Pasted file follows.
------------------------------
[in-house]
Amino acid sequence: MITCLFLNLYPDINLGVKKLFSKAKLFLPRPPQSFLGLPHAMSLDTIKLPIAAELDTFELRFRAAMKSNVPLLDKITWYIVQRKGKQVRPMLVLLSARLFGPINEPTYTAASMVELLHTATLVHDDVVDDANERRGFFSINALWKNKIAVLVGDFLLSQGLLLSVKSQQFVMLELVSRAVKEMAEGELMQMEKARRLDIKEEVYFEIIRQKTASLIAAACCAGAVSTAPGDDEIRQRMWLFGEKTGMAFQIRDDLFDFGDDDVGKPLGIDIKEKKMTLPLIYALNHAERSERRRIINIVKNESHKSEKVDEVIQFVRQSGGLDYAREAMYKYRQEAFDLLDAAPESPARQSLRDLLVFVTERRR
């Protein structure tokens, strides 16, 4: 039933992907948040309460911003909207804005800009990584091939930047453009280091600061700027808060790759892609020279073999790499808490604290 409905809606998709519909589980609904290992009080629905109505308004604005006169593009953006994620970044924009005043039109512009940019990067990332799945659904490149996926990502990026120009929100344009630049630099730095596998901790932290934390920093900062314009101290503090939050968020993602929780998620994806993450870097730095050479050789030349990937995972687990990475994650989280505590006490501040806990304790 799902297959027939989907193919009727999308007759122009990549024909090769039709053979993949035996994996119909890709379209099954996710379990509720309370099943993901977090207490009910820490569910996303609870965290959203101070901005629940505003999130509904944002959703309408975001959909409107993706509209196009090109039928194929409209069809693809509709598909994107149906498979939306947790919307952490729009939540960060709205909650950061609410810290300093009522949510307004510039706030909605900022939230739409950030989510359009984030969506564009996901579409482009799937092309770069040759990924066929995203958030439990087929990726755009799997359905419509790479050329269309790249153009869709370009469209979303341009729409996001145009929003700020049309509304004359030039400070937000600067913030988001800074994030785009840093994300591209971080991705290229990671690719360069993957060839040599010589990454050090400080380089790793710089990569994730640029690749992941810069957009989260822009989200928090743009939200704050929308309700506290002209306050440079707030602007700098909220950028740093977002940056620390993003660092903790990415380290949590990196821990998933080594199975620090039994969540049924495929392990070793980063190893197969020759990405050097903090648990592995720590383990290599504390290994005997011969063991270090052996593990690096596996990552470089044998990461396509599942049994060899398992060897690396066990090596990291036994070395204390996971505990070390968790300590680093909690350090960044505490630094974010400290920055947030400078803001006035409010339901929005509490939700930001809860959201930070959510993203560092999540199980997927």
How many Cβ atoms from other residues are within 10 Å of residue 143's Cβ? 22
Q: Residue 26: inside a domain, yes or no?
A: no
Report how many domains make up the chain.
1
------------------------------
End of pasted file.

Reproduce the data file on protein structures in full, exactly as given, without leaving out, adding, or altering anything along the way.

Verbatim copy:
[in-house]
Amino acid sequence: MITCLFLNLYPDINLGVKKLFSKAKLFLPRPPQSFLGLPHAMSLDTIKLPIAAELDTFELRFRAAMKSNVPLLDKITWYIVQRKGKQVRPMLVLLSARLFGPINEPTYTAASMVELLHTATLVHDDVVDDANERRGFFSINALWKNKIAVLVGDFLLSQGLLLSVKSQQFVMLELVSRAVKEMAEGELMQMEKARRLDIKEEVYFEIIRQKTASLIAAACCAGAVSTAPGDDEIRQRMWLFGEKTGMAFQIRDDLFDFGDDDVGKPLGIDIKEKKMTLPLIYALNHAERSERRRIINIVKNESHKSEKVDEVIQFVRQSGGLDYAREAMYKYRQEAFDLLDAAPESPARQSLRDLLVFVTERRR
């Protein structure tokens, strides 16, 4: 039933992907948040309460911003909207804005800009990584091939930047453009280091600061700027808060790759892609020279073999790499808490604290 409905809606998709519909589980609904290992009080629905109505308004604005006169593009953006994620970044924009005043039109512009940019990067990332799945659904490149996926990502990026120009929100344009630049630099730095596998901790932290934390920093900062314009101290503090939050968020993602929780998620994806993450870097730095050479050789030349990937995972687990990475994650989280505590006490501040806990304790 799902297959027939989907193919009727999308007759122009990549024909090769039709053979993949035996994996119909890709379209099954996710379990509720309370099943993901977090207490009910820490569910996303609870965290959203101070901005629940505003999130509904944002959703309408975001959909409107993706509209196009090109039928194929409209069809693809509709598909994107149906498979939306947790919307952490729009939540960060709205909650950061609410810290300093009522949510307004510039706030909605900022939230739409950030989510359009984030969506564009996901579409482009799937092309770069040759990924066929995203958030439990087929990726755009799997359905419509790479050329269309790249153009869709370009469209979303341009729409996001145009929003700020049309509304004359030039400070937000600067913030988001800074994030785009840093994300591209971080991705290229990671690719360069993957060839040599010589990454050090400080380089790793710089990569994730640029690749992941810069957009989260822009989200928090743009939200704050929308309700506290002209306050440079707030602007700098909220950028740093977002940056620390993003660092903790990415380290949590990196821990998933080594199975620090039994969540049924495929392990070793980063190893197969020759990405050097903090648990592995720590383990290599504390290994005997011969063991270090052996593990690096596996990552470089044998990461396509599942049994060899398992060897690396066990090596990291036994070395204390996971505990070390968790300590680093909690350090960044505490630094974010400290920055947030400078803001006035409010339901929005509490939700930001809860959201930070959510993203560092999540199980997927």
How many Cβ atoms from other residues are within 10 Å of residue 143's Cβ? 22
Q: Residue 26: inside a domain, yes or no?
A: no
Report how many domains make up the chain.
1